I NOTED with disbelief the commentary this week that water saving irrigation upgrades for the Murray-Darling Basin (MDB) are a money munching waste of time, the by-product of a vocal irrigation lobby eager to get a business advantage at the poor old taxpayers’ expense.
The ‘so-called’ water savings could be achieved much more easily by water buybacks from willing sellers according to some water industry insiders.
It felt, rightly or wrongly, that communities and farmers through the MDB merely constituted an ongoing burden on the good burghers of coastal Australia, forced to cough up to support a non-sustainable way of life.
It is absolute rubbish – water saving projects and infrastructure upgrades have the power to revitalise both communities and environment throughout the MDB.
Living in Horsham, I’ve seen first hand what has happened since the Wimmera-Mallee pipeline went in.
The ailing river system has finally been able to be flushed out with environmental flows, and is now in its best health for decades, while graziers on the pipeline have been able to endure the dry autumn this year relatively easily, due to reliable access to quality stock water.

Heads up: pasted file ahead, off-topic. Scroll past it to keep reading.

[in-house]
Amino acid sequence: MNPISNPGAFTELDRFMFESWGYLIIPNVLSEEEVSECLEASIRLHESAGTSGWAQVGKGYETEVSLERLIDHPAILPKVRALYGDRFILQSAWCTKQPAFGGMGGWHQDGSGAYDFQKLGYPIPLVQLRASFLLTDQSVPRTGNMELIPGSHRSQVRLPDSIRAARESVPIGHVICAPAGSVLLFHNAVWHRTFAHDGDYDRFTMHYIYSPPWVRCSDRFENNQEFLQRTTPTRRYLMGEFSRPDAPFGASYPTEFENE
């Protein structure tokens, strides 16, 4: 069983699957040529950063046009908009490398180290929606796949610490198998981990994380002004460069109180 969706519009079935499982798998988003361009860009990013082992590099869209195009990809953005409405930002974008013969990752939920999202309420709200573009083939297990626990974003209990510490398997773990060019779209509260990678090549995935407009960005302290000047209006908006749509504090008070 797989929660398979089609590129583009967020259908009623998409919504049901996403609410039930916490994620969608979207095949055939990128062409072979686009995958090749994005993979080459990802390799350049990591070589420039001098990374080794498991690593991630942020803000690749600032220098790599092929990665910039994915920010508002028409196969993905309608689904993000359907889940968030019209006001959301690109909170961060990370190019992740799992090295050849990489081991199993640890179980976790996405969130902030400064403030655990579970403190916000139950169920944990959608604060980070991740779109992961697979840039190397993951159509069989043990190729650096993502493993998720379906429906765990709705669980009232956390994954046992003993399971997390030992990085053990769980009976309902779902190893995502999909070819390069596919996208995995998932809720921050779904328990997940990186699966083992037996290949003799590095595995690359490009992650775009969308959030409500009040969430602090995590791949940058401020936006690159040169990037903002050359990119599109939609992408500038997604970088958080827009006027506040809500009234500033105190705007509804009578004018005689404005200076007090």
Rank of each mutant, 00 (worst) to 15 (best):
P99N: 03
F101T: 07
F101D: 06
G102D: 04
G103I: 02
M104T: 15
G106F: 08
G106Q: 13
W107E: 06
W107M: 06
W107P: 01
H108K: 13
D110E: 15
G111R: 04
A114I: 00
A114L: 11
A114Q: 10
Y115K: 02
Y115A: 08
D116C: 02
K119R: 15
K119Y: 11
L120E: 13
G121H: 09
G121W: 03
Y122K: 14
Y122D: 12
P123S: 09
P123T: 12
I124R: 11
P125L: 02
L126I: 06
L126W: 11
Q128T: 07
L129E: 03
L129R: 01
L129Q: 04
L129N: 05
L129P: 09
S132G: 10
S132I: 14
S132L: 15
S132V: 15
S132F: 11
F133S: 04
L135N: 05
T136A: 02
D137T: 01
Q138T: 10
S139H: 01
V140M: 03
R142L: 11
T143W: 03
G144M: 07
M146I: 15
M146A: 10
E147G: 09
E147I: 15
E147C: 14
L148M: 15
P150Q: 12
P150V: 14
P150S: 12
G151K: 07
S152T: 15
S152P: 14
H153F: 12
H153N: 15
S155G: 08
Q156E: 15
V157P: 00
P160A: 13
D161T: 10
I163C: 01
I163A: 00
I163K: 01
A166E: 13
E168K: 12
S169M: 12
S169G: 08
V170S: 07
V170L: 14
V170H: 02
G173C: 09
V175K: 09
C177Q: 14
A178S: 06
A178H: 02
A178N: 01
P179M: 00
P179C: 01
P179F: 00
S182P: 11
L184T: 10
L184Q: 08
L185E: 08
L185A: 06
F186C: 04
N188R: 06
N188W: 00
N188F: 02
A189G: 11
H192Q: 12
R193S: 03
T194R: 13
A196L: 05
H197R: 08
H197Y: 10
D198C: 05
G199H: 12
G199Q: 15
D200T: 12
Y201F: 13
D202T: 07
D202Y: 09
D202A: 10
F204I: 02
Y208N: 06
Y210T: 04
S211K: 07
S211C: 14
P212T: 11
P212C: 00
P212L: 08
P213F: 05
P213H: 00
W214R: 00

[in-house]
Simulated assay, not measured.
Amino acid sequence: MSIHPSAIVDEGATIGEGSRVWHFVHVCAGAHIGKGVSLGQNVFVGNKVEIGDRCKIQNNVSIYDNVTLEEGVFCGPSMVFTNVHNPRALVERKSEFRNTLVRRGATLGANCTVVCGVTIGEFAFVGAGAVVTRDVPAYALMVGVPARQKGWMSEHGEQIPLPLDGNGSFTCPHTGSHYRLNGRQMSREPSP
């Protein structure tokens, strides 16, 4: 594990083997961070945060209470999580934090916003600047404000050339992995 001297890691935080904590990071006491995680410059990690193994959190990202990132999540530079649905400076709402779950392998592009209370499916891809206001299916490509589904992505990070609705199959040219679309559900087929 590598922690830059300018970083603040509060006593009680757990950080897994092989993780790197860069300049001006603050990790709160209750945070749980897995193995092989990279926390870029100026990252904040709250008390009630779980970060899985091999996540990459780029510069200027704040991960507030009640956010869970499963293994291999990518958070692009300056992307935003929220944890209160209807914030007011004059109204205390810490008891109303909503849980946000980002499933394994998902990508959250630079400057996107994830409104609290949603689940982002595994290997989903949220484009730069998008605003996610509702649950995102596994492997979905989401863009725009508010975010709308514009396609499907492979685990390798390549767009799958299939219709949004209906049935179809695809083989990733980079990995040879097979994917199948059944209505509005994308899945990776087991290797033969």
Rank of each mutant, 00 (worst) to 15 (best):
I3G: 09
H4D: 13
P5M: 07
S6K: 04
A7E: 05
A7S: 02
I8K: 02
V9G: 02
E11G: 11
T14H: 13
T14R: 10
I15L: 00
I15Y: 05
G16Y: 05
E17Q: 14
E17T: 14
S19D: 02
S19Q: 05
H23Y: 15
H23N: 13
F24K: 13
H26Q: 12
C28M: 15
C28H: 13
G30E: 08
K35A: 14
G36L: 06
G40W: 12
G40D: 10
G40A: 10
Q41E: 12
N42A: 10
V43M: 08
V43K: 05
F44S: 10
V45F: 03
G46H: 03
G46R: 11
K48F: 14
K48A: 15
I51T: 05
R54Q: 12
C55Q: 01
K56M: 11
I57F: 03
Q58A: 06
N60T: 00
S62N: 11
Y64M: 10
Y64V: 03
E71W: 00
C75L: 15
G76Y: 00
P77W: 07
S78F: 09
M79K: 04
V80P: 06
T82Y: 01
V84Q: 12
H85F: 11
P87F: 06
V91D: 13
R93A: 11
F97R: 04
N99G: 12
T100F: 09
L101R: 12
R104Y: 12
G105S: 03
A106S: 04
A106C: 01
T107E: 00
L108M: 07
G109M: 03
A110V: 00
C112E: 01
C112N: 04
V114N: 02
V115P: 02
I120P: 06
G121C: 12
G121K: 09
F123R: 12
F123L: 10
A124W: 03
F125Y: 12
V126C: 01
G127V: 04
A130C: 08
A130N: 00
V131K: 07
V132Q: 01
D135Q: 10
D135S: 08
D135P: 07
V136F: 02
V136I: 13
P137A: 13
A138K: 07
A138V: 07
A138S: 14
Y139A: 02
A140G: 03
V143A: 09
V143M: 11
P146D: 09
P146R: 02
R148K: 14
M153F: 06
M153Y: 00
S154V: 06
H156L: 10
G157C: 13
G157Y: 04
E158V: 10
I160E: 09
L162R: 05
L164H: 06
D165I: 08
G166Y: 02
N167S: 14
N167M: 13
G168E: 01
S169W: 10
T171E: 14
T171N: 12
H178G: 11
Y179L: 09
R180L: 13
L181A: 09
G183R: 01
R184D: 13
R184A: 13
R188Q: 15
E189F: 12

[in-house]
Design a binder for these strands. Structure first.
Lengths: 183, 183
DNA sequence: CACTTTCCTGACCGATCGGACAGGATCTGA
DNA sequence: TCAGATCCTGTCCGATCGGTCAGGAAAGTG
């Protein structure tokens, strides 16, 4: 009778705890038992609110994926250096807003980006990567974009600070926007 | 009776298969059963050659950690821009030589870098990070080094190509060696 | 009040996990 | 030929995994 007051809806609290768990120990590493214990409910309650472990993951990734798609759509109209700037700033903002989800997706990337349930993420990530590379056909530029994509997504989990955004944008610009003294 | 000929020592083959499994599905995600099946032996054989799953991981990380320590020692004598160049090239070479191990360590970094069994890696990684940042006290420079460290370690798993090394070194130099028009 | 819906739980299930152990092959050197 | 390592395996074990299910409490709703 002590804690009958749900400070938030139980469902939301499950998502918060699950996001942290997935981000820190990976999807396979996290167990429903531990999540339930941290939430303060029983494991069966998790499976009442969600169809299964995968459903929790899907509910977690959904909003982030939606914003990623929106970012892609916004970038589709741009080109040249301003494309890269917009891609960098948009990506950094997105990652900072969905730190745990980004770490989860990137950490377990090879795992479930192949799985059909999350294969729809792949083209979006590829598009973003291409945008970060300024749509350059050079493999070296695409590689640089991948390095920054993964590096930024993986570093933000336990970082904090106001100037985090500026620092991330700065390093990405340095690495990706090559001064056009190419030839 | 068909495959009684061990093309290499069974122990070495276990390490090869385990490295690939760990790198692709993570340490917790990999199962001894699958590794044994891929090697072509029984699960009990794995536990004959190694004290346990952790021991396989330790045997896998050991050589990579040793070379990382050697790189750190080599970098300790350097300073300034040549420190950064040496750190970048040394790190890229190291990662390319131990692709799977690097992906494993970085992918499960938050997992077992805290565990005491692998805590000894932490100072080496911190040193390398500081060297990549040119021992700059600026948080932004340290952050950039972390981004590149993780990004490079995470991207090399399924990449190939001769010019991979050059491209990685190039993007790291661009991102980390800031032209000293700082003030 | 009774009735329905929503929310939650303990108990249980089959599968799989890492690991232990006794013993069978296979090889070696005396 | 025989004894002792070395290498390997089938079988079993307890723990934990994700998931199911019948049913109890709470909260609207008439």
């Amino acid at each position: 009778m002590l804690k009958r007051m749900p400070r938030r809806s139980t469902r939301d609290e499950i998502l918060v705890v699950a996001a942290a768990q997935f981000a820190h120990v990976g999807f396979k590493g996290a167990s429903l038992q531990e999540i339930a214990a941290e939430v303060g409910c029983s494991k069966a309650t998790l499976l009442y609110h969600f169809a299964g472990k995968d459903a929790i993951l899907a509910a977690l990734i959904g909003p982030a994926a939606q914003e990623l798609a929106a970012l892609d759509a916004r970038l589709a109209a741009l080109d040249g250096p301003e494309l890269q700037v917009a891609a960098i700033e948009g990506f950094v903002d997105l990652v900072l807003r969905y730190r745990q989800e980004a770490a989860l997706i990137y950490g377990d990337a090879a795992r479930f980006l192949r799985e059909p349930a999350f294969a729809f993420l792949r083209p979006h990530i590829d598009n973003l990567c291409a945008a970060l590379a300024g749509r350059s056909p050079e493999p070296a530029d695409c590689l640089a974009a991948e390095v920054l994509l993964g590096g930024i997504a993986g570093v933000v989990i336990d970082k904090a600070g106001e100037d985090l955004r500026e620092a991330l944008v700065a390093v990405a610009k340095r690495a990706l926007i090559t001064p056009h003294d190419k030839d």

And the fact one of the state’s most arid zones now has some of the most secure sources of water hasn’t escaped big business – Bayer is setting up a multi-million dollars breeding and research centre just out of Horsham and the access to water was a big plus in the decision to choose the Wimmera ahead of other prospective sites.
So, no - infrastructure upgrades that mean water gets where it is supposed to be going without evaporating or soaking into earthen channels are far from a waste of time.
There’s no doubt its going to help irrigators, but the benefits will be felt right across the MDB community.
This fallacy that seems to be doing the rounds in urban centres that rural residents are being propped up with various subsidies needs to end, and end now.
Committing to improving water infrastructure is a step towards ensuring the economic, social and environmental future of the MDB, just the same as its critical country residents receive the same quality of telecommunication services as their city counterparts.
These kind of nation-building exercises are not cheap, but we challenge whatever governments are involved to show the foresight and the resolve to take the necessary steps to truly take rural Australia into the 21st century.